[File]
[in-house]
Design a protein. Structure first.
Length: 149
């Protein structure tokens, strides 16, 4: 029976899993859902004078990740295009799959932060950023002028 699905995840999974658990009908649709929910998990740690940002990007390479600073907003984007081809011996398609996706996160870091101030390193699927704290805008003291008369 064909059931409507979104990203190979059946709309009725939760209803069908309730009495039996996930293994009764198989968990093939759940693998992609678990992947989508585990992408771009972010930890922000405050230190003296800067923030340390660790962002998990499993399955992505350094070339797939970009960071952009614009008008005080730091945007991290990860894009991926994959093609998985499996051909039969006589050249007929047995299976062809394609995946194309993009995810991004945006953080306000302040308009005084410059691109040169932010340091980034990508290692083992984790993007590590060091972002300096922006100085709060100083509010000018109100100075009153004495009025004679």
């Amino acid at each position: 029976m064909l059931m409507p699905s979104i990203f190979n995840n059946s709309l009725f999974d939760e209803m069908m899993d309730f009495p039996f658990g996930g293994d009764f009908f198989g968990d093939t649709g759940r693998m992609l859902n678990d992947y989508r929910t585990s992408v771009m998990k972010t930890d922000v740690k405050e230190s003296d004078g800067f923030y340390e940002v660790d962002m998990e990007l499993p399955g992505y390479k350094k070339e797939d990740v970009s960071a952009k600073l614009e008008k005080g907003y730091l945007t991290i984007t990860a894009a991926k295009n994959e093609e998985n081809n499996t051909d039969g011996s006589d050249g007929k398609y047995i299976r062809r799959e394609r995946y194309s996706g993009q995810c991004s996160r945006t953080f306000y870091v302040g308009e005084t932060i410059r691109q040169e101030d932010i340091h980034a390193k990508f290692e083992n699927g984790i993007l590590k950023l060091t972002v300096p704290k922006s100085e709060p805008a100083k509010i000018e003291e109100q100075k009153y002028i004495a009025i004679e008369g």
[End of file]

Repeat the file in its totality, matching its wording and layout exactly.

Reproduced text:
[in-house]
Design a protein. Structure first.
Length: 149
């Protein structure tokens, strides 16, 4: 029976899993859902004078990740295009799959932060950023002028 699905995840999974658990009908649709929910998990740690940002990007390479600073907003984007081809011996398609996706996160870091101030390193699927704290805008003291008369 064909059931409507979104990203190979059946709309009725939760209803069908309730009495039996996930293994009764198989968990093939759940693998992609678990992947989508585990992408771009972010930890922000405050230190003296800067923030340390660790962002998990499993399955992505350094070339797939970009960071952009614009008008005080730091945007991290990860894009991926994959093609998985499996051909039969006589050249007929047995299976062809394609995946194309993009995810991004945006953080306000302040308009005084410059691109040169932010340091980034990508290692083992984790993007590590060091972002300096922006100085709060100083509010000018109100100075009153004495009025004679």
């Amino acid at each position: 029976m064909l059931m409507p699905s979104i990203f190979n995840n059946s709309l009725f999974d939760e209803m069908m899993d309730f009495p039996f658990g996930g293994d009764f009908f198989g968990d093939t649709g759940r693998m992609l859902n678990d992947y989508r929910t585990s992408v771009m998990k972010t930890d922000v740690k405050e230190s003296d004078g800067f923030y340390e940002v660790d962002m998990e990007l499993p399955g992505y390479k350094k070339e797939d990740v970009s960071a952009k600073l614009e008008k005080g907003y730091l945007t991290i984007t990860a894009a991926k295009n994959e093609e998985n081809n499996t051909d039969g011996s006589d050249g007929k398609y047995i299976r062809r799959e394609r995946y194309s996706g993009q995810c991004s996160r945006t953080f306000y870091v302040g308009e005084t932060i410059r691109q040169e101030d932010i340091h980034a390193k990508f290692e083992n699927g984790i993007l590590k950023l060091t972002v300096p704290k922006s100085e709060p805008a100083k509010i000018e003291e109100q100075k009153y002028i004495a009025i004679e008369g």